Ferries to Hungary
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Book Ferries to Hungary from Austria with AFerry.co.uk, simply and securely online.
As a landlocked country, you may not expect Hungary to feature on AFerry. However, you can use AFerry to book ferries to Hungary from Austria with Mahart Passnave, sailing on the river Danube. Mahart Passnave operates high speed hydrofoil vessels to get from Vienna to Budapest quickly and with unrivalled levels of comfort on board.
How to book your ferry to Hungary
Booking a ferry to or from Hungary couldn't be easier with AFerry. You can either use the booking form at the top of the page. Or, if you see a price you like on the page, just select the number of passengers and click Get Price.
More About Hungary
Hungary is a unique country in that, it bears very few similarities to neighbouring countries. Having survived invasions from the Ottomans, Mongols and the Austrians, it has retained it's identity - most notably linguistically.
Hungary plays host to numerous UNESCO World Heritage Sites, including the second largest thermal lake in the world, Lake Hévíz. There are over 150 bath houses in Hungary, some of which date back to Roman times.
With AFerry you can book ferries directly to Budapest, widely regarded as one of Europe's most beautiful cities. Here you will find fascinating museums, an extensive Medieval Castle District and a youthful nightlife.
Hungary Travel Guide
Hungary's world famous lakes, beautiful small villages and truly stunning architecture make it a diverse country to visit, and not one to miss if you are in central Europe.
Small in size, Hungary certainly packs a punch when it comes to UNESCO World Heritage Sites, with numerous areas sporting the sought-after status. The second largest thermal lake in the world and the largest lake in central Europe can both be found in Hungary, as well as the largest natural grassland in Europe.
There are many iconic buildings in Hungary, most notably the Hungarian Parliament Building in Budapest. Religious buildings including some of the largest churches, abbeys and synagogues make Hungary a beautiful place to visit if you are interested in architecture and history.
Hungarians take pride in their cuisine, which is mainly made up of spicy dishes but they are not "hot" by world standards. The national spice of Hungary is paprika which goes into the national dish which is of course goulash. Meat is popular, particularly pork, beef and venison.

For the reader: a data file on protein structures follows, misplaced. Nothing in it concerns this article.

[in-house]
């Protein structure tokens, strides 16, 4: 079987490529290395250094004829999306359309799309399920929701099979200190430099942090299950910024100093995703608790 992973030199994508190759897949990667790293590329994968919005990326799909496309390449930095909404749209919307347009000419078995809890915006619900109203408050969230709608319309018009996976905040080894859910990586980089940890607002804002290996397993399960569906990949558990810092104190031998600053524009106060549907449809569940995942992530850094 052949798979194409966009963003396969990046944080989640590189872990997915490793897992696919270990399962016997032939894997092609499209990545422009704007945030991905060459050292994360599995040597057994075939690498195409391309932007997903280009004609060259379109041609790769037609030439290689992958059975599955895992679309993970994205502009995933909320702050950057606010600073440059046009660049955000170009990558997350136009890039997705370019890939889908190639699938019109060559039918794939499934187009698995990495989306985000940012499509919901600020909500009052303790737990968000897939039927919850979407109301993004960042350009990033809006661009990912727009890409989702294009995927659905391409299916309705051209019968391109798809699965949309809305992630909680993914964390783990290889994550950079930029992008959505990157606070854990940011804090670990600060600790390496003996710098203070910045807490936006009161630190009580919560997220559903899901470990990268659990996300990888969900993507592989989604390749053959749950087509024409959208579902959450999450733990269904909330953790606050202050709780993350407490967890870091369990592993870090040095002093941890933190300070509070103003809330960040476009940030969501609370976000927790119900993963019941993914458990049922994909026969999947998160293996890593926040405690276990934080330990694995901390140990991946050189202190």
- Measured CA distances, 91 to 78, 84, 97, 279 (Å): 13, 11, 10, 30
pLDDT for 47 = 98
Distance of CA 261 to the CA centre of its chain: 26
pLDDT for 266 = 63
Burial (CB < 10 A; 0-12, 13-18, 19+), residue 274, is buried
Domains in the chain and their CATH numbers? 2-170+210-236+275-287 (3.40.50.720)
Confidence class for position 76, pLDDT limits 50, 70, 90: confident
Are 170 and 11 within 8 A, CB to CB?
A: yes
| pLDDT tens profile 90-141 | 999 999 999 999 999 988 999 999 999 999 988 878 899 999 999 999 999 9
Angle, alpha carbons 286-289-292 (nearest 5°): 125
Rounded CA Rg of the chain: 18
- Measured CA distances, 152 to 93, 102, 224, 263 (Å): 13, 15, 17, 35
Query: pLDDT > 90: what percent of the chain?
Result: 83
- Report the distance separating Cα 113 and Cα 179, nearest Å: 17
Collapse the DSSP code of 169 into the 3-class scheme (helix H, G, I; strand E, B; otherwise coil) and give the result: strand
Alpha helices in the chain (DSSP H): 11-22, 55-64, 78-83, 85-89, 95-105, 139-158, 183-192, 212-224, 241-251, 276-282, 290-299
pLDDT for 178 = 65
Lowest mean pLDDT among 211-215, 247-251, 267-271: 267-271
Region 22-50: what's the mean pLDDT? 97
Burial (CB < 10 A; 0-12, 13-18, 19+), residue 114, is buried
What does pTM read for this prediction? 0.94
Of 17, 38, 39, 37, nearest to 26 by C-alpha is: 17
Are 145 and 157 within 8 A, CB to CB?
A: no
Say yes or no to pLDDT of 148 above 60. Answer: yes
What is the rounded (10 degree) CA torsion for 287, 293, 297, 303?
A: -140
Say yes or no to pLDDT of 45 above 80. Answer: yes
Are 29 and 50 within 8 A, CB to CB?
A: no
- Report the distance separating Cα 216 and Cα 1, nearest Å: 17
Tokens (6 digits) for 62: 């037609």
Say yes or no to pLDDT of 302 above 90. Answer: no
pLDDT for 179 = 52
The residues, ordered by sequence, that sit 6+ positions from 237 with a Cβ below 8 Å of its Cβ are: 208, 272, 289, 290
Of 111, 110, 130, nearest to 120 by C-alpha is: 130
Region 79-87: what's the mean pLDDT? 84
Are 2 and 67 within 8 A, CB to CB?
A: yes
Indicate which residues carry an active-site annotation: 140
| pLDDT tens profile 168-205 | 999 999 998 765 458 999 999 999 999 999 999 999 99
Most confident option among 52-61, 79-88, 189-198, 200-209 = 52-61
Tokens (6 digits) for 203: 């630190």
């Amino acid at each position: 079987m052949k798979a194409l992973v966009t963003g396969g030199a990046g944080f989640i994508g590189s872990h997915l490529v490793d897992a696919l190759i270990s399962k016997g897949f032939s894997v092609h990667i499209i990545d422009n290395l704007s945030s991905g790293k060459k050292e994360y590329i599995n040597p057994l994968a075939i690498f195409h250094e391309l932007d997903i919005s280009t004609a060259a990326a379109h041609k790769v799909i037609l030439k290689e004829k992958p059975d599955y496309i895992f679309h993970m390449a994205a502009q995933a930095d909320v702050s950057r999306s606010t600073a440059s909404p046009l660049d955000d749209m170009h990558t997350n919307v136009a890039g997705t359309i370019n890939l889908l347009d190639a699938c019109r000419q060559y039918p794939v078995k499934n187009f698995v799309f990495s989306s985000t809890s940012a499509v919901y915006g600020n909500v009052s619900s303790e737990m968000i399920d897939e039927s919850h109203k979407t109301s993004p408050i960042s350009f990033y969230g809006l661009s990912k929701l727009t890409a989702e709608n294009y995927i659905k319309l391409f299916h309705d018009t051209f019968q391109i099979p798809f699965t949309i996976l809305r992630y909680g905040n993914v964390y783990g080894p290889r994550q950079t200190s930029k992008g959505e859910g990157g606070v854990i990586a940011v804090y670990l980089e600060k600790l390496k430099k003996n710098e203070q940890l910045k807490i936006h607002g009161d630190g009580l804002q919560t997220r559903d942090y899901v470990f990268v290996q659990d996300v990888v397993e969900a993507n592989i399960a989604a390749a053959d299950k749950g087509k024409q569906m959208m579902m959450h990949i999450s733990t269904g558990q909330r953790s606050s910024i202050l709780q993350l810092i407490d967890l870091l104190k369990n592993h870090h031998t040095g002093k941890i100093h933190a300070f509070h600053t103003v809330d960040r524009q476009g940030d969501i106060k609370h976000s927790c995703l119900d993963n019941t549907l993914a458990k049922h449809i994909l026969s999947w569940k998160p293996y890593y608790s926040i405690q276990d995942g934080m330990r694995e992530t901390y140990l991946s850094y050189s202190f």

Travel in Hungary
Mahart Passnave operates a number of domestic routes in Hungary via the river Danube, including Szentendre, Visegrád and Esztergom. Domestic routes are not currently available to book through AFerry.
The highway network in Hungary is fast growing, giving easy access to major Hungarian cities and also the neighbouring countries of Austria and Slovakia.
Throughout Budapest, you will find signs for the Metro, an underground rail service. This is one of the best ways for tourists to get around as the main attractions all have underground stations nearby.
Things to See
Budapest is split into two main areas, Buda and Pest. In Buda you can explore cobbled streets and take in the spectacular view of the Danube, and watch Mahart Passnave boats cruise by. In Pest, you will be stunned at the awe of the Hungarian Parliament Building, and learn about Hungarian culture in the Hungarian National Museum.
There are over 100 thermal springs in Budapest, the most famous being Gellért Baths which originally opened its doors in 1918. The spa is decorated with original Art Nouveau furnishings, artistic mosaics, stained glass windows and breathtaking sculptures.
Hévíz thermal lake is known as "the fountain of life". The healing properties of the lake attract many visitors each year. It's not just the warm, almost massaging feeling of the lake, but the calmness brought by the surrounding trees and flowers. Accompanying spa treatments are also available at Hévíz including mud packs and massages.
The Caves of Aggtelek are situated in north-eastern Hungary, near the Slovakian border. There are more than 260 caves, formed over 200 million years ago. They are part of the Aggtelek National Park which also contains the Háromhegyi Pálos church and monastery ruins. The caves earned UNESCO World Heritage site status in 1995.